Washington » When President Barack Obama signed the massive stimulus package earlier this year he vowed transparency with how the hundreds of billions of dollars would be spent.
"We expect you, the American people, to hold us accountable for the results," Obama said. "That is why we have created Recovery.gov -- so every American can go online and see how their money is being spent."
So far, though, that Web site shows only broad, general numbers that each state is receiving for certain programs, and state and local Web sites set up to track the funding show even less information.
But Vice President Joe Biden said Wednesday -- 100 days after the new administration took office -- that within a few months much more detailed information will be available for the public to see how their tax dollars are being used.
"We hope, and it is our fervent desire, and our commitment that we will have the most comprehensive Web site that I think you've ever seen in government up and running, so you can look with precision at exactly what's being spent where," Biden said in response to a question from The Salt Lake Tribune .
Utah's own stimulus-tracking Web site includes even less data than the federal government. The state site, recovery.utah.gov, shows graphics of amounts of cash the state has received for education, Medicaid, energy and community development, but nothing further on where funds are being spent.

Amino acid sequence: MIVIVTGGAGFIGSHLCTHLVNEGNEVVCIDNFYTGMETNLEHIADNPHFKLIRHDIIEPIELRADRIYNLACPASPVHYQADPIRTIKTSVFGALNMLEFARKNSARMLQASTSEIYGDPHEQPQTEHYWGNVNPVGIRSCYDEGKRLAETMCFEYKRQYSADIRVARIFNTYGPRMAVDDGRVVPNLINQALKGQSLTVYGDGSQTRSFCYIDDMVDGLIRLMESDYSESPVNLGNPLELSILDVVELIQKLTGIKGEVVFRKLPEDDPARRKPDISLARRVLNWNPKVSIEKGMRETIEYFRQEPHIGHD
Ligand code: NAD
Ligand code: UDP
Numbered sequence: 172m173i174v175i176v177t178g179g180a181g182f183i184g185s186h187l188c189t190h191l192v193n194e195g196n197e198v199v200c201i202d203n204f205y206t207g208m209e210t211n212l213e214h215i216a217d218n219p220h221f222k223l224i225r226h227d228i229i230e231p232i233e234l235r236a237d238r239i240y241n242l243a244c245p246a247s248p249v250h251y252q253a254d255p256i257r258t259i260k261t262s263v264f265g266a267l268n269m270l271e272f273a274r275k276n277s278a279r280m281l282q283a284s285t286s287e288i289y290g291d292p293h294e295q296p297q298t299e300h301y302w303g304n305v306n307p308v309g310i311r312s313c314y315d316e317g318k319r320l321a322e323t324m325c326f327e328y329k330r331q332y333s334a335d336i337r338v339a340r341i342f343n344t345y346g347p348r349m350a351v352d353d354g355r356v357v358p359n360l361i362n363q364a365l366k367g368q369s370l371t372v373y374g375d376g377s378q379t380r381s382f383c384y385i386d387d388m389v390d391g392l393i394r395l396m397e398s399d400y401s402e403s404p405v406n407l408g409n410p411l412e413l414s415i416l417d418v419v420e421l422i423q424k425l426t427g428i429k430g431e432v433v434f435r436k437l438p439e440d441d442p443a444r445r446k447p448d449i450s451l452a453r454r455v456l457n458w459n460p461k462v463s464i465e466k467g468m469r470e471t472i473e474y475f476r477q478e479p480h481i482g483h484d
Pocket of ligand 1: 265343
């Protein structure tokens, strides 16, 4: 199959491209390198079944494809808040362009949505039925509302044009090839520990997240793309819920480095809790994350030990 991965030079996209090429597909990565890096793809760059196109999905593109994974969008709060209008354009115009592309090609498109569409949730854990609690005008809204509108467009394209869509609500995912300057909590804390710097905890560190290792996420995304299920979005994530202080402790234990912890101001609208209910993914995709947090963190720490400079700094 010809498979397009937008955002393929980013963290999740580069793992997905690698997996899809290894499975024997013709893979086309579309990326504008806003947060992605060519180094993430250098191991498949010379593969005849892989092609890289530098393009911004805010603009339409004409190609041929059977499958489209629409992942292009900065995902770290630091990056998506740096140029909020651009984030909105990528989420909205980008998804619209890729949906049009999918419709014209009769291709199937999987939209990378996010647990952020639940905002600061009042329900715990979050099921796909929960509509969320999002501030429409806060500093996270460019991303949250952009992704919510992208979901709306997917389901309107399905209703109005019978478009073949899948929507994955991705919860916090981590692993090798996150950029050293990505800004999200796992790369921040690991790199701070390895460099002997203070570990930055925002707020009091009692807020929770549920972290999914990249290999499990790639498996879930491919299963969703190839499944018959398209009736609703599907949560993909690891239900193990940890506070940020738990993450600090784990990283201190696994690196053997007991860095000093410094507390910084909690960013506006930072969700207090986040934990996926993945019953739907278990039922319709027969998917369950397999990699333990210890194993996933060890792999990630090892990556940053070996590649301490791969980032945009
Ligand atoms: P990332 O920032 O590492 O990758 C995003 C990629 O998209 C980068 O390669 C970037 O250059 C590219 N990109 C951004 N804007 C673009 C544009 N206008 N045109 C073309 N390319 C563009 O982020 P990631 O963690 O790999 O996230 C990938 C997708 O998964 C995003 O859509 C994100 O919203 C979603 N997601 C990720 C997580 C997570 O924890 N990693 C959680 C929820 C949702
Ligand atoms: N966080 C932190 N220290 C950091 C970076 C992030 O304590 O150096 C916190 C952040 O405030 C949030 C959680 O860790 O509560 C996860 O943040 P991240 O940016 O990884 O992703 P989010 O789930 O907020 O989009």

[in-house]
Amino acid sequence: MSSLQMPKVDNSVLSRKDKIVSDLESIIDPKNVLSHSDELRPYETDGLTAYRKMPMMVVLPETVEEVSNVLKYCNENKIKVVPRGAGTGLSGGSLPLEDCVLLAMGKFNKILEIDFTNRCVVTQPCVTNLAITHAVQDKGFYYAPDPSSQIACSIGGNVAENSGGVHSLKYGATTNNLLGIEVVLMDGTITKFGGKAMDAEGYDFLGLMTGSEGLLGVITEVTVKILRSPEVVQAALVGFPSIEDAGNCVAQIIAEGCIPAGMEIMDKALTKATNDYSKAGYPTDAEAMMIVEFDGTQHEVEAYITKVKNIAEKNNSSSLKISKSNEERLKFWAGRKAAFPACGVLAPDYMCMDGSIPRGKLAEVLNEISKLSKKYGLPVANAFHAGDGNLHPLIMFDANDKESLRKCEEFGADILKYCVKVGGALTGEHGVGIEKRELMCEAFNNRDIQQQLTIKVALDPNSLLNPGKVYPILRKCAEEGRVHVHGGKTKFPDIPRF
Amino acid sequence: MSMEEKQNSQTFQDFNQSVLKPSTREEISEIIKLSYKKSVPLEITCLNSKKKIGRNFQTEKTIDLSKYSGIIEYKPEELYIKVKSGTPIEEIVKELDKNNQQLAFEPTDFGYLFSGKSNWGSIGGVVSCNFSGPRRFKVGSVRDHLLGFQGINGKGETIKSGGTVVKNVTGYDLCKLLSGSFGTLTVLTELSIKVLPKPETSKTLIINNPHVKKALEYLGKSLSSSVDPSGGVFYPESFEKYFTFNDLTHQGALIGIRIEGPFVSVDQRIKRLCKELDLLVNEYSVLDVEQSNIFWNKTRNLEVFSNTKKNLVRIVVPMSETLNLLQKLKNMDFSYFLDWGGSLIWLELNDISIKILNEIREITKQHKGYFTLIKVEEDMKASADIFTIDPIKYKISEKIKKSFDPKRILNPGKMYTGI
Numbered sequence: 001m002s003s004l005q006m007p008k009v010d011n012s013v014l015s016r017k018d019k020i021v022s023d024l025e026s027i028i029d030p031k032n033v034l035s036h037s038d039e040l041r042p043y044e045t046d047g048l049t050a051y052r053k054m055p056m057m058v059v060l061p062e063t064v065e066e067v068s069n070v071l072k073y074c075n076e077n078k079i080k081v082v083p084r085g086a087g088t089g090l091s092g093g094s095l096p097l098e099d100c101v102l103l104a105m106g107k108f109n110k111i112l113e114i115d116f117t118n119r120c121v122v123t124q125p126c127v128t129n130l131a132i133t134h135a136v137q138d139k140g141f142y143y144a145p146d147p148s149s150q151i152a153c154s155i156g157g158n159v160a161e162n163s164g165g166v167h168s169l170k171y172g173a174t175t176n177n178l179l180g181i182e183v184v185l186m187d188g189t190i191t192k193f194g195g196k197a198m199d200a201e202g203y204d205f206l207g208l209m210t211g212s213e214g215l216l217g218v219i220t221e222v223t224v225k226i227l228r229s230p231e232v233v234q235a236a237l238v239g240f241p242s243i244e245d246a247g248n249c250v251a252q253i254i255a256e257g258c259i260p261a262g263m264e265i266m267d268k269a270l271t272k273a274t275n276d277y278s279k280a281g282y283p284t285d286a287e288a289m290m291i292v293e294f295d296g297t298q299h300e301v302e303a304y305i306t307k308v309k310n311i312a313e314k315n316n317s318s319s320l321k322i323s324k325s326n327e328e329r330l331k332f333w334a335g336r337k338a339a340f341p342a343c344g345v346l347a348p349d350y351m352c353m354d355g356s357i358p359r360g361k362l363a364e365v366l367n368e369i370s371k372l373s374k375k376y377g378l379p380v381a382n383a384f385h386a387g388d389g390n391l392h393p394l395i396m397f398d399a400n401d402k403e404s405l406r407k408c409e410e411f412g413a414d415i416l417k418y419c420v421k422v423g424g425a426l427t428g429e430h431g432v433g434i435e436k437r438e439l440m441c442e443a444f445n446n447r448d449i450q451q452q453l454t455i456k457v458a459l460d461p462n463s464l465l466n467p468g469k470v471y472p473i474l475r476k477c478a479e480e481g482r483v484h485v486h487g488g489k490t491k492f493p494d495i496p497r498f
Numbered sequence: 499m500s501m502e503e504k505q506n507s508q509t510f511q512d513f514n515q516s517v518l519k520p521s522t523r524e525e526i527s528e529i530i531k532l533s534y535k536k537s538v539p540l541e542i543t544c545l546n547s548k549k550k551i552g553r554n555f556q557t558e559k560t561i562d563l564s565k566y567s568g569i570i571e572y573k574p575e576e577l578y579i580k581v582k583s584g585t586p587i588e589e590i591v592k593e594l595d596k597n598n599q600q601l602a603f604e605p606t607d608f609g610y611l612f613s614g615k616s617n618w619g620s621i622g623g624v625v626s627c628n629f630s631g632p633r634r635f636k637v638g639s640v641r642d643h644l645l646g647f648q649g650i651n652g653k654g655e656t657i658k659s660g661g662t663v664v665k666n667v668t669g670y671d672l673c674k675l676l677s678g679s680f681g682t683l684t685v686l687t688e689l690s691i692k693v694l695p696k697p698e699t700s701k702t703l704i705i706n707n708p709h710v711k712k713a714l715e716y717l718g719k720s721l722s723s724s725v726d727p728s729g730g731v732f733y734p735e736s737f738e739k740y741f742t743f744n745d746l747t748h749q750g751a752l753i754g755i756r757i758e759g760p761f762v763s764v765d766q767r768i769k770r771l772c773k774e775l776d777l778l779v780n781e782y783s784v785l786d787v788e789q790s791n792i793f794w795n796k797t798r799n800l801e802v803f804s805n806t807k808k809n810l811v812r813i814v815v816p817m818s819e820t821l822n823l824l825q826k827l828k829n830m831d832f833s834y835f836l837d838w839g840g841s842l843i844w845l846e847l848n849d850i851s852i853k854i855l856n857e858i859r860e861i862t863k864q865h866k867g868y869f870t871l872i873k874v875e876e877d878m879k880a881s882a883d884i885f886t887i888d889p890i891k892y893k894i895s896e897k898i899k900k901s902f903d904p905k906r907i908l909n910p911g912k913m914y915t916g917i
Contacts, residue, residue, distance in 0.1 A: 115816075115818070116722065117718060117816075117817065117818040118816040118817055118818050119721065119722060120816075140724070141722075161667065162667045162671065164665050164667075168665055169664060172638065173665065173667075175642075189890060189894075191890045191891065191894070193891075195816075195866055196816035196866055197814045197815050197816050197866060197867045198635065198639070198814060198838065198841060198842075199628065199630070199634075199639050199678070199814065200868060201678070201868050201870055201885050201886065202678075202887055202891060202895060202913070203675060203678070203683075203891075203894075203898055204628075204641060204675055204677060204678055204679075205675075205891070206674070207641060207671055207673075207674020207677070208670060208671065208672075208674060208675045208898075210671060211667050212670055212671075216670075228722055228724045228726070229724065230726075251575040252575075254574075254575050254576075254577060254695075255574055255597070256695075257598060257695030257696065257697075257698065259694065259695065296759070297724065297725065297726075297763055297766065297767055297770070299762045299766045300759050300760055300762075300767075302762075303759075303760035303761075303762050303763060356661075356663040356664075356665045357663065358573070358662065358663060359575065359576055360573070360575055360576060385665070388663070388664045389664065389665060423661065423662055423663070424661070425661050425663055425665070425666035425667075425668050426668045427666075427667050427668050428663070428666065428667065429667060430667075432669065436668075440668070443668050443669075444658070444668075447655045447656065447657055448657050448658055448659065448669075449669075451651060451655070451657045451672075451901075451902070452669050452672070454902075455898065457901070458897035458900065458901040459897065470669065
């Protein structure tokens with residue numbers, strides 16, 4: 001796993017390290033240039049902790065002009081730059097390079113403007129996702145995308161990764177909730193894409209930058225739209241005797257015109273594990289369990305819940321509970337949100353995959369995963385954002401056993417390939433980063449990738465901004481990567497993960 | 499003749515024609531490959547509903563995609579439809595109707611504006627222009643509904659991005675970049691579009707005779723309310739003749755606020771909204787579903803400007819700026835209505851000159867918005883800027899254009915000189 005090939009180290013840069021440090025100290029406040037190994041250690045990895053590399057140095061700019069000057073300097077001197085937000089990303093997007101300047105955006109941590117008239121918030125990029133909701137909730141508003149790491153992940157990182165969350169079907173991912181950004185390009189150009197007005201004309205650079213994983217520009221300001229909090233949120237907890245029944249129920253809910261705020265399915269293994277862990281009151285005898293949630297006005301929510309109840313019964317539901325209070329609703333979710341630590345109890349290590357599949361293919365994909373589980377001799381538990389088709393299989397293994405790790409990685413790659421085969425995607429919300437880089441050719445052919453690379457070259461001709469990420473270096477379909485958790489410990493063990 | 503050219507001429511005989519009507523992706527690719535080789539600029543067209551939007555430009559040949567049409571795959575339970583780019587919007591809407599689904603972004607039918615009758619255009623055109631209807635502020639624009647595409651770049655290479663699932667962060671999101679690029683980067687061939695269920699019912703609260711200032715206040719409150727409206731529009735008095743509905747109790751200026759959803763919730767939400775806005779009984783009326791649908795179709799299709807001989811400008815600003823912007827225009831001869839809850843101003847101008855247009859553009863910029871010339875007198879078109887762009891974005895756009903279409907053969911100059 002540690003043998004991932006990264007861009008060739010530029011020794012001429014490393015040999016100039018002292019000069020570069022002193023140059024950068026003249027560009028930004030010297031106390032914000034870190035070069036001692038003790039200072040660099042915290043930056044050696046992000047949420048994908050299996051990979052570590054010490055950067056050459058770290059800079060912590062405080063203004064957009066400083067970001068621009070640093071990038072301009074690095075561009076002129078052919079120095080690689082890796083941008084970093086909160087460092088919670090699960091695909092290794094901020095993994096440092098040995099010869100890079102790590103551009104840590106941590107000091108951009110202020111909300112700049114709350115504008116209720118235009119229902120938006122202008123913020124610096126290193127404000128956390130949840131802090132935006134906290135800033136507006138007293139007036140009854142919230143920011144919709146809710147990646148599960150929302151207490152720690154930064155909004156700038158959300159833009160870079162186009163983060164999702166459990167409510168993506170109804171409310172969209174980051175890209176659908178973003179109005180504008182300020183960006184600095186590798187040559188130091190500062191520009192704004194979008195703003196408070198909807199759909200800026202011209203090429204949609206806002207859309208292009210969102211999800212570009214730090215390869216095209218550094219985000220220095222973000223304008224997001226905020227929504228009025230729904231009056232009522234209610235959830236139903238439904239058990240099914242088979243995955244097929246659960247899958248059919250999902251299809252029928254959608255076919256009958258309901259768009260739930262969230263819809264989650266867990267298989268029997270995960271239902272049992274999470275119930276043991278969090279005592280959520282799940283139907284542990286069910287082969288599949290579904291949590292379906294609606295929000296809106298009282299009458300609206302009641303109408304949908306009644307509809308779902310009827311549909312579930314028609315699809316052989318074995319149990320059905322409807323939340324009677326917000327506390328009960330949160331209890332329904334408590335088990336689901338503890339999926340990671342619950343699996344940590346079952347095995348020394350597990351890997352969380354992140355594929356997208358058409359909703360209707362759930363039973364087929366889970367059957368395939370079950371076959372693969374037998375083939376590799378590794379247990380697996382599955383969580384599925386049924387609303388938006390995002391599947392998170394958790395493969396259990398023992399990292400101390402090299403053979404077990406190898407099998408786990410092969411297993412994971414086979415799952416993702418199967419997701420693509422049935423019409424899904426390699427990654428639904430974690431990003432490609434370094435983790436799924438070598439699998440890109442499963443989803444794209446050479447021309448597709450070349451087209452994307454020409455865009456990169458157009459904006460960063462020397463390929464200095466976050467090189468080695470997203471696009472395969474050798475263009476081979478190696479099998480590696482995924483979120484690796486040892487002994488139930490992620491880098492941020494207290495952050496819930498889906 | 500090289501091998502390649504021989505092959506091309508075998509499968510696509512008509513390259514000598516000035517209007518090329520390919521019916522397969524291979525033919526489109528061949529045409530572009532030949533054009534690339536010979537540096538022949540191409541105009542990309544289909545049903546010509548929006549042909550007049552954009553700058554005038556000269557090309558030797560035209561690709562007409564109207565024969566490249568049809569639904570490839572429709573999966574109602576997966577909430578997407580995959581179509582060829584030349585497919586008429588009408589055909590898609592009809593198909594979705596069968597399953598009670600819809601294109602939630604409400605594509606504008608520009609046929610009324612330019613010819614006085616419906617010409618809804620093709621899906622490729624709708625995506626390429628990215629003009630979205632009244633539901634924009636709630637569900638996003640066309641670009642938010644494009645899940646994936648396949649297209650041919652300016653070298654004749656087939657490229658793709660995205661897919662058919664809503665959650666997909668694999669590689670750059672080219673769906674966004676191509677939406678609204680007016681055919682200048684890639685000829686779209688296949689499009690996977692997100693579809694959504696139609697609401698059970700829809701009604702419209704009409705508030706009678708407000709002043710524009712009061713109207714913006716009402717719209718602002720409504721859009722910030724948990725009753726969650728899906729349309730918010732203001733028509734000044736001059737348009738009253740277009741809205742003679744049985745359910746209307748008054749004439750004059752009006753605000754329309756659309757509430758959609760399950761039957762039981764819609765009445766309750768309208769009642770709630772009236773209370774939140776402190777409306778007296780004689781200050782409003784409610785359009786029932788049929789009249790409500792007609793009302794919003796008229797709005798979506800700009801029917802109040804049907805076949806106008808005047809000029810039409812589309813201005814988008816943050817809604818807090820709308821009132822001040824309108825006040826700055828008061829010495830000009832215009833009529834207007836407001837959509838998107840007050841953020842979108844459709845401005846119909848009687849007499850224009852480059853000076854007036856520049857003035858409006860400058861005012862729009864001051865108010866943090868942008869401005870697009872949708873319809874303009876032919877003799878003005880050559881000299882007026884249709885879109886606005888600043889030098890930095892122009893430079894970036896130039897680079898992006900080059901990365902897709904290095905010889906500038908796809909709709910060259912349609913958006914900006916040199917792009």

Lisa Roskelley, spokeswoman for Gov. Jon Huntsman Jr., says the state will post much more information once the federal guidelines are set on how the data should be presented.
"Gov. Huntsman obviously is a huge proponent of transparency, so we will do everything we can to make sure this is transparent," Roskelley said.
Salt Lake City, too, is looking to revamp its stimulus Web site and ensure that the pages get updated constantly as money is divvied up, said to Ben McAdams, senior adviser to Mayor Ralph Becker.
On the federal level, the ranking Republican member of the House Oversight and Government Reform Committee has railed against the White House for its advice to federal agencies to follow the cash flow until it's handed off to the states or local governments.
"After that, the money trail runs cold," Rep. Darrell Issa, R-Calif., said at a recent hearing on the stimulus. "Under the administration's guidance so far, there will be zero accountability for any contractors, lobbyists or special interests that get taxpayer money."
Biden, in a conference call with regional reporters, said that he hopes by summertime, they will have a much more detail-filled Web site where users can zero in on a county or a state to see what projects are getting funding and if they are coming along on time.
But, he added, that putting that together requires a "monumental technical" effort and is taking some time.